Technical Adequacy and Cost Benefit of Four Measures of Early Literacy
Issue/Topic: Assessment; P-3; Reading/Literacy
Author(s): McBride, James; Milone, Michael; Stickney, Eric; Ysseldyke, Jim
Organization(s): Academic Therapy Publications; Renaissance Learning, Inc.; University of Minnesota
Publication: Canadian Journal of School Psychology
Published On: 1/1/2010
Much of the extensive attention currently given to the assessment of early literacy skills was stimulated by the Reading First and Early Reading First components of the No Child Left Behind Act. This study is among the first to compare assessments used in early reading programs with one another and to focus on their validity as measures of the five critical components of reading development identified by the US National Research Panel.
To evaluate the technical adequacy and information/cost return of computerized adaptive test assessments and several established assessments used in early reading programs.
In terms of the amount of information per unit of test administration time or teachers' time, computerized adaptive tests in general, and STAR Early Literacy in particular (a computerized adaptive test of early literacy skills), are attractive options for early reading assessment.
- The data support the usefulness and cost-effectiveness of computerized adaptive tests, as an alternative to traditional group- or teacher-administered assessments of early reading skills. STAR Early Literacy's average administration time is less than 10 minutes, and scoring, record-keeping, and report preparation are all automated.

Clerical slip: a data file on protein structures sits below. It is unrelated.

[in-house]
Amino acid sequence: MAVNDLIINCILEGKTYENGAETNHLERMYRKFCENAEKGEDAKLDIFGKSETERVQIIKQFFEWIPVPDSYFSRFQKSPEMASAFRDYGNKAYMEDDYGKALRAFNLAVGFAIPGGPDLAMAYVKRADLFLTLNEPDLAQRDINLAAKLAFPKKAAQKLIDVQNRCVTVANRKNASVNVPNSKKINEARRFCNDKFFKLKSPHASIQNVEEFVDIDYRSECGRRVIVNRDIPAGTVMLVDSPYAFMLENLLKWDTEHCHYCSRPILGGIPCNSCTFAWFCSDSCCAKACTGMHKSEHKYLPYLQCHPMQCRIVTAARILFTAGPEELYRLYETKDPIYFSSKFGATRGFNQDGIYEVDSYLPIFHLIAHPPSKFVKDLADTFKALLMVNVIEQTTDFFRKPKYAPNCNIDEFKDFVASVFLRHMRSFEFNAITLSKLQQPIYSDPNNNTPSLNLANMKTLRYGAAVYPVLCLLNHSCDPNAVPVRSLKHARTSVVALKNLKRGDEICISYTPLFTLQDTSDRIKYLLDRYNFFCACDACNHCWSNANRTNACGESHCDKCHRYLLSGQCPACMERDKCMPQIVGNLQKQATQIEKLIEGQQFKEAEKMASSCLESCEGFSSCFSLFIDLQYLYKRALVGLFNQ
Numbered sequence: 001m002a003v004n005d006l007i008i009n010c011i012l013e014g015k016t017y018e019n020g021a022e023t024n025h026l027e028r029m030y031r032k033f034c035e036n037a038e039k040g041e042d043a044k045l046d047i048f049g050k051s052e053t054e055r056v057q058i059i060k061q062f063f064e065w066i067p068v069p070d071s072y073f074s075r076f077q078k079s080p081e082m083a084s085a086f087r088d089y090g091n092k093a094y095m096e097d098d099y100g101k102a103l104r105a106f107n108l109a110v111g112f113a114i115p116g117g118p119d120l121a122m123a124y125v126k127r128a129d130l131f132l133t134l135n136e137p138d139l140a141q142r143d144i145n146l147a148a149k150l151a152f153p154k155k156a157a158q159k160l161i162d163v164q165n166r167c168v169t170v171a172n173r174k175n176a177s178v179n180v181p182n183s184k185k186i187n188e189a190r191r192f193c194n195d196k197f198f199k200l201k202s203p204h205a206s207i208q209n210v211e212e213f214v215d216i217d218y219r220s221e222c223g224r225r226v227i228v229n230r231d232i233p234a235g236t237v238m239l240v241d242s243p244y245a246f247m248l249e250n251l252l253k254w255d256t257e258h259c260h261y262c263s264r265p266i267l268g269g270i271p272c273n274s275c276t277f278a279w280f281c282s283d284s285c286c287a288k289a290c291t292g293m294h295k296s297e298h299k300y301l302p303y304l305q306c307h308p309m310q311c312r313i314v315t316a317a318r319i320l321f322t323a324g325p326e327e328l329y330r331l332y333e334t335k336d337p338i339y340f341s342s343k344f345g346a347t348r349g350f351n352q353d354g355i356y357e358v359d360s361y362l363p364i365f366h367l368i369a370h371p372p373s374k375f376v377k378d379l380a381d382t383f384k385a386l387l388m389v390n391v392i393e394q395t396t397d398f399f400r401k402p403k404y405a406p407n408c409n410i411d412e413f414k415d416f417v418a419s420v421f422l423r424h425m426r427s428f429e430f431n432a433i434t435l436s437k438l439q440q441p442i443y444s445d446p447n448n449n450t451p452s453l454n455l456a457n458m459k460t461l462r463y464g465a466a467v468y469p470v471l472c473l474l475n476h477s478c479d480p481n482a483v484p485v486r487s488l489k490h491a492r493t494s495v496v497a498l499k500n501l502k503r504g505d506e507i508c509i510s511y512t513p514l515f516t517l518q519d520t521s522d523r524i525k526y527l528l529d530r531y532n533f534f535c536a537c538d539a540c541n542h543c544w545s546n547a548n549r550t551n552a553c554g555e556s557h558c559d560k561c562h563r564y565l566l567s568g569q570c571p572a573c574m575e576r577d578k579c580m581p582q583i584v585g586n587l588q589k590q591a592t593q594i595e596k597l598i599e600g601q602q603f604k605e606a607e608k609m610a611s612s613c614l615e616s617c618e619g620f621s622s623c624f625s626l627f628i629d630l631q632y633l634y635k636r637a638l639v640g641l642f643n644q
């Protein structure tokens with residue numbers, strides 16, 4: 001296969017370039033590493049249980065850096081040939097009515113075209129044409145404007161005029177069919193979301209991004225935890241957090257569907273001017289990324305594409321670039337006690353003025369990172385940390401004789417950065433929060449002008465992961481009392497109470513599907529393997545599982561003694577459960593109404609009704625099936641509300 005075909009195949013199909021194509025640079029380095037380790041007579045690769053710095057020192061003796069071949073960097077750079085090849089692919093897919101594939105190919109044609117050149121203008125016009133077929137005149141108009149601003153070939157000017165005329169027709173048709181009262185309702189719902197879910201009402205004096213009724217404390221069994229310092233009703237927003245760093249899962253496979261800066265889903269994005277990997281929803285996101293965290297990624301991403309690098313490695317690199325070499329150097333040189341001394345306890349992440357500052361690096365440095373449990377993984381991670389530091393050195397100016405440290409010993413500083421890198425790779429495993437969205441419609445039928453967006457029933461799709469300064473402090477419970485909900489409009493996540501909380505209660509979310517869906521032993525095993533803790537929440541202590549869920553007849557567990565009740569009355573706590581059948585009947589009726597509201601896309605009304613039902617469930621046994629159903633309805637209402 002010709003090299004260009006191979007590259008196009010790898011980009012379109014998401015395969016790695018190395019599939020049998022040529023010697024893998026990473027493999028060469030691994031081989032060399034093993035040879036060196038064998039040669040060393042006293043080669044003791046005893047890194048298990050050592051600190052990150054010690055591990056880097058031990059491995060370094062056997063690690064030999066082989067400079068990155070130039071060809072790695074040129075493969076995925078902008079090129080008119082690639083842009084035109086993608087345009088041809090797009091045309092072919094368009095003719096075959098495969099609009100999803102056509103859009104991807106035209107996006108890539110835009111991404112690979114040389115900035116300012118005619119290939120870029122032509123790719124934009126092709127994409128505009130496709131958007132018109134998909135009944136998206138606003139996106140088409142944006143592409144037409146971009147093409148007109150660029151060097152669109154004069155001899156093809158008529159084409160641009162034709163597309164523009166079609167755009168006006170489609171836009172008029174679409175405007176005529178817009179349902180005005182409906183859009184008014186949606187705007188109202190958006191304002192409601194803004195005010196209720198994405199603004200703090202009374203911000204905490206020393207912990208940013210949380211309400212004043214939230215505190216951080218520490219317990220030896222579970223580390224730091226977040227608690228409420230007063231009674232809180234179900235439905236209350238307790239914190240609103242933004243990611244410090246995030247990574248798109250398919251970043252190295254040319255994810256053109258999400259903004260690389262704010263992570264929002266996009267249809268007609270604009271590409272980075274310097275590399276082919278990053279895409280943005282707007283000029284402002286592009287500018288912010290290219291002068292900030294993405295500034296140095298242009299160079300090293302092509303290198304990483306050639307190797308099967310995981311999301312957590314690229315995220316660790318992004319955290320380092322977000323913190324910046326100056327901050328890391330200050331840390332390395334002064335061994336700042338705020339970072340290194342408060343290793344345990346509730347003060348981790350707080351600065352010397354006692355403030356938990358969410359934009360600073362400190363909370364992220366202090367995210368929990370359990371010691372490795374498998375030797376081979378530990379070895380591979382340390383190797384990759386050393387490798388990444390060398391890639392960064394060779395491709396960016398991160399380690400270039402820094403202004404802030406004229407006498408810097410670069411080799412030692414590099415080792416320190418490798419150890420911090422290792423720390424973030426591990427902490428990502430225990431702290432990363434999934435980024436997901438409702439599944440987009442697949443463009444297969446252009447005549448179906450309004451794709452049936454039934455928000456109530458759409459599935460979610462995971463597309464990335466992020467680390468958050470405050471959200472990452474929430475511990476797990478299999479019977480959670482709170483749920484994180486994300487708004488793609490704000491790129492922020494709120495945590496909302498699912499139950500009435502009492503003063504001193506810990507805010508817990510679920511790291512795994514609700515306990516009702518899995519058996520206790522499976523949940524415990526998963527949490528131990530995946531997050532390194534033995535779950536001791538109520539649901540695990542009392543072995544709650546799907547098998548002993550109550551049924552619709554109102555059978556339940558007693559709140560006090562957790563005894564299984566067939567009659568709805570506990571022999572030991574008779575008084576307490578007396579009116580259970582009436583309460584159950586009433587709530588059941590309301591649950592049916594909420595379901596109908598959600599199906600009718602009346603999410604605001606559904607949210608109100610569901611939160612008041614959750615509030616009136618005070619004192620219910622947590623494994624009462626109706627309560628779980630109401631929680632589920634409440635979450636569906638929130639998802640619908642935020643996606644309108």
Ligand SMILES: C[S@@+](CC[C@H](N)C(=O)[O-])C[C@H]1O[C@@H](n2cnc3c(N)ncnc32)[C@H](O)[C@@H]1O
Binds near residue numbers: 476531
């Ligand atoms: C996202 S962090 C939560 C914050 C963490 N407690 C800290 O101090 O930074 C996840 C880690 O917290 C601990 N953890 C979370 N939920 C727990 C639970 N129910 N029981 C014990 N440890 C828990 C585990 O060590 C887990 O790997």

- In contrast, group-administered test batteries like Group Reading Assessment Diagnostic Evaluation typically require at least a full-class period to administer. Individually administered assessments like Dynamic Indicators of Basic Early Literacy and Texas Primary Reading Inventory, although nominally shorter, require a great deal more of the teacher's time for test administration, scoring, recording, and reporting.
Computerized adaptive tests are an attractive option for early reading assessment and for any application that requires evaluating or monitoring the progress of young children as they develop the skills that will make them readers.
Correlations and summary statistic analyses
633 students in Grades K-2 from 8 schools in 7 geographically dispersed states
Year data is from:
Data Collection and Analysis:
Analysis of data collected from four early reading assessments: the Dynamic Indicators of Basic Early Literacy Skills, STAR Early Literacy, Group Reading Assessment and Diagnostic Evaluation, and the Texas Primary Reading Inventory
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